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Teaching and Learning

Home  >  Teaching and Learning  >  Shopping for Porcupine  >  Discussion Questions
Walking from Barrow

Essay Summary:  The Greist family makes an incredible voyage from Barrow to the Kobuk Valley. Nelson Greist develops his disdain for "looking back," and his grandson Alvin and Seth become best friends and hunting partners. The two hunters explore the northern mountains in search of the mythical Dall sheep.

Discussion Questions:

What is the significance of the Greist family's voyage from Barrow? (p. 82)

Points to consider:

  • They travel an incredible distance, losing Nelson's father, through rugged country.
  • Their voyage takes them through traditional enemy territory of the Athabascan Indians.

Why did Nelson seem to welcome "modernity" to the area? (p. 83)

Points to consider:

  • He had lived through rough times and didn't want to return to them.
  • The "terrifying reign" of the shaman from the old days didn't appeal to him.

How is Nelson's refusal to look back a metaphor for how he lived? (p. 84)

Points to consider:

  • He doesn't look back as he travels, just as he doesn't look back to the old ways. He adopts the new technology and leaves the traditional life behind.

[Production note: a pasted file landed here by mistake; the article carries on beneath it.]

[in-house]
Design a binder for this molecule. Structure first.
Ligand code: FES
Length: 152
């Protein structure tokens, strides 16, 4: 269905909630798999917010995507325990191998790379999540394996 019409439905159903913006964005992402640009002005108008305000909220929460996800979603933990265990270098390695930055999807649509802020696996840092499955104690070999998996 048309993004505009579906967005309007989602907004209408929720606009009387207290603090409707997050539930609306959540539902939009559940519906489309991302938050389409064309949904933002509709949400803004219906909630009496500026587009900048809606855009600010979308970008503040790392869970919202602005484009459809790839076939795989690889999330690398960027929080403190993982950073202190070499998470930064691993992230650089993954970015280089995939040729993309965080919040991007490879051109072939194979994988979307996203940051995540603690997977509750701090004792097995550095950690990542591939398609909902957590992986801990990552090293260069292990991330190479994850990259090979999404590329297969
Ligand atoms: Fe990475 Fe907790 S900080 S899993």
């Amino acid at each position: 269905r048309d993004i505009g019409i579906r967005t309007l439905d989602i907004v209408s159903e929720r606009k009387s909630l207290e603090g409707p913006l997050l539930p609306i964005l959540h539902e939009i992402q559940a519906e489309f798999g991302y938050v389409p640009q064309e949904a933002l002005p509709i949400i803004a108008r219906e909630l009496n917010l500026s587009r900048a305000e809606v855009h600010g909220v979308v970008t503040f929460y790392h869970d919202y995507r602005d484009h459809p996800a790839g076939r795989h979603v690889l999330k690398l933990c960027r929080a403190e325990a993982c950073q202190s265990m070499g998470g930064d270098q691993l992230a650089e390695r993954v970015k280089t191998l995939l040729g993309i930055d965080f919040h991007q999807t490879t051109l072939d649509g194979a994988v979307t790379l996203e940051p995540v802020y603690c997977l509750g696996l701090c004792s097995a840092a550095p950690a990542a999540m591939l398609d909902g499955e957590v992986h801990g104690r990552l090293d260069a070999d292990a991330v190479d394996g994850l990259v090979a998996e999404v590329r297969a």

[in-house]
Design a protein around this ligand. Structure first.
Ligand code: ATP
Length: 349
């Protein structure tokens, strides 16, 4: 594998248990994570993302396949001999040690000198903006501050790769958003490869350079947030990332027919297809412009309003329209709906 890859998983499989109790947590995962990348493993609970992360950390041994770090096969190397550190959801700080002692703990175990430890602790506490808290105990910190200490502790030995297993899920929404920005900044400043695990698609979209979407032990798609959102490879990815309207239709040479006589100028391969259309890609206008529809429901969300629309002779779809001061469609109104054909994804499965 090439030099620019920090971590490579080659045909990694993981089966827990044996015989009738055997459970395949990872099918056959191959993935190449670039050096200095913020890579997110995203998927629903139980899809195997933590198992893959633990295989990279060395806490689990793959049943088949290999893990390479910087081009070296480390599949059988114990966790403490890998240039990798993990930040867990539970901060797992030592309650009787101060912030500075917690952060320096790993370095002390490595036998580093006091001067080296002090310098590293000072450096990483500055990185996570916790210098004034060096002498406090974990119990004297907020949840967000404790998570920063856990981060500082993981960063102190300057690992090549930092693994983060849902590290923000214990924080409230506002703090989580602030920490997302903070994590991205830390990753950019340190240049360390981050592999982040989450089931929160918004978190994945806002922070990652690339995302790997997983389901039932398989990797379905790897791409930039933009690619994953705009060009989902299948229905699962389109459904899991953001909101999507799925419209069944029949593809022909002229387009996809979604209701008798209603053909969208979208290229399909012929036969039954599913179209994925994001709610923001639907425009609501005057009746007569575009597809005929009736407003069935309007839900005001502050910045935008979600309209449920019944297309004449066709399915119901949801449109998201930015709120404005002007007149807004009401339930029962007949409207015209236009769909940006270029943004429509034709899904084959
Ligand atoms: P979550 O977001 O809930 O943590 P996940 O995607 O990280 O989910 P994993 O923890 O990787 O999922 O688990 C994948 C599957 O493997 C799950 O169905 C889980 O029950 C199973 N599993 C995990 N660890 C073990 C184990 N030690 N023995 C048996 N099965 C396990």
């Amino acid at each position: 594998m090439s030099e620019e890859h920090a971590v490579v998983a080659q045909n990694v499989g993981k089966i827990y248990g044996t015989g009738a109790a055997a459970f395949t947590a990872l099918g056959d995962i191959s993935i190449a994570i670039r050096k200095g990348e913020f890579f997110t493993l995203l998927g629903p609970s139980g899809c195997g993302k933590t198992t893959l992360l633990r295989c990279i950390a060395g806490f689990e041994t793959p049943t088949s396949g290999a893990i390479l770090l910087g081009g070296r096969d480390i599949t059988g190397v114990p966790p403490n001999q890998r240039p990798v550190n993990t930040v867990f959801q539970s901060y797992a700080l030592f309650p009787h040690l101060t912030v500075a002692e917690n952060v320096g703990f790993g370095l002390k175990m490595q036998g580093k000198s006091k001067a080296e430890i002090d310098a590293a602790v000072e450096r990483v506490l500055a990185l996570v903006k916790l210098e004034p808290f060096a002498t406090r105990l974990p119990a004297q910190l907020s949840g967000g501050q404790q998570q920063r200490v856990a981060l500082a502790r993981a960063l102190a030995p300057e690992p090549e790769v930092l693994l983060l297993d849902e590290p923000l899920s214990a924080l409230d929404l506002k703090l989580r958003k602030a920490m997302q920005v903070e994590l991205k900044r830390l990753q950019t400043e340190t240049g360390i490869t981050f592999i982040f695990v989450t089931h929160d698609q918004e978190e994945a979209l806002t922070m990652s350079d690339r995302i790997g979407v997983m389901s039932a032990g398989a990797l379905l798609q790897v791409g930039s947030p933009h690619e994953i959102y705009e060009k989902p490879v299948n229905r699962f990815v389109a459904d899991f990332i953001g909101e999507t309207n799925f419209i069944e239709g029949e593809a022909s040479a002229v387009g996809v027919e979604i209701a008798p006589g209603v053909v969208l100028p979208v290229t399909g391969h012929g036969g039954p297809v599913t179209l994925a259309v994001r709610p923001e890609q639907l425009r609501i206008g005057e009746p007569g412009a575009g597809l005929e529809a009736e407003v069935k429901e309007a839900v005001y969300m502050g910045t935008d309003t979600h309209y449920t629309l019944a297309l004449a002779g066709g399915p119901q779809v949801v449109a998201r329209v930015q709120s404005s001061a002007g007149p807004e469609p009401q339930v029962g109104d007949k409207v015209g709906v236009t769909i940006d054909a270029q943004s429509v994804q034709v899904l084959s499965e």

How is Charlie Jones's method of teaching Nelson a lesson different from how someone today might deal with his refusal to look behind to check on those following him? (p. 84-85)

Points to consider:

  • Charlie doesn't tell Nelson to slow down, and he doesn't tell Nelson his sled came loose.
  • Today someone might chastise Nelson and insist he look back. This Inupiaq way of teaching a lesson is subtler and allows for self-reflection without condemnation.

Kantner refers to Alvin and himself as "technically enhanced semi-suicidal hunters." (p. 88) What does he mean?

Points to consider:

  • The two took huge risks in their hunting adventures.

What was the one animal Alvin and Kantner never saw?

Points to consider:

  • Readers might think of a polar bear, but he is referring to Dall sheep.

Why does Kantner call carrying a camera and a rifle a "cross-eyed" vision? (p. 89)

Points to consider:

  • Alvin only carries a rifle to hunt. Kantner is beginning to reveal his mixed emotions of hunting and shooting photos of animals.

How is the camping Stacy knew different from Kantner's and Alvin's? (p. 90)

Points to consider:

  • Camping for Stacy was road and campground camping. Alvin and Kantner were used to remote and rugged camping.

Why did the sheep appear mythical? (p. 95)

Points to consider:

  • The boys had spent their lives hunting and trapping on the Kobuk and had never ventured this far north to the mountains where the sheep resided.

Final Questions:

What might Kantner have learned about Nelson's refusal to look back?

How does this essay about hunting sheep differ from the essay "Brothers on the Trapline"?

How did technology allow Kantner to voyage to the "land of mythical animals"? (p. 95)

What internal conflict is Kantner revealing when he says his vision was cross-eyed when it came to carrying both a rifle and a camera?

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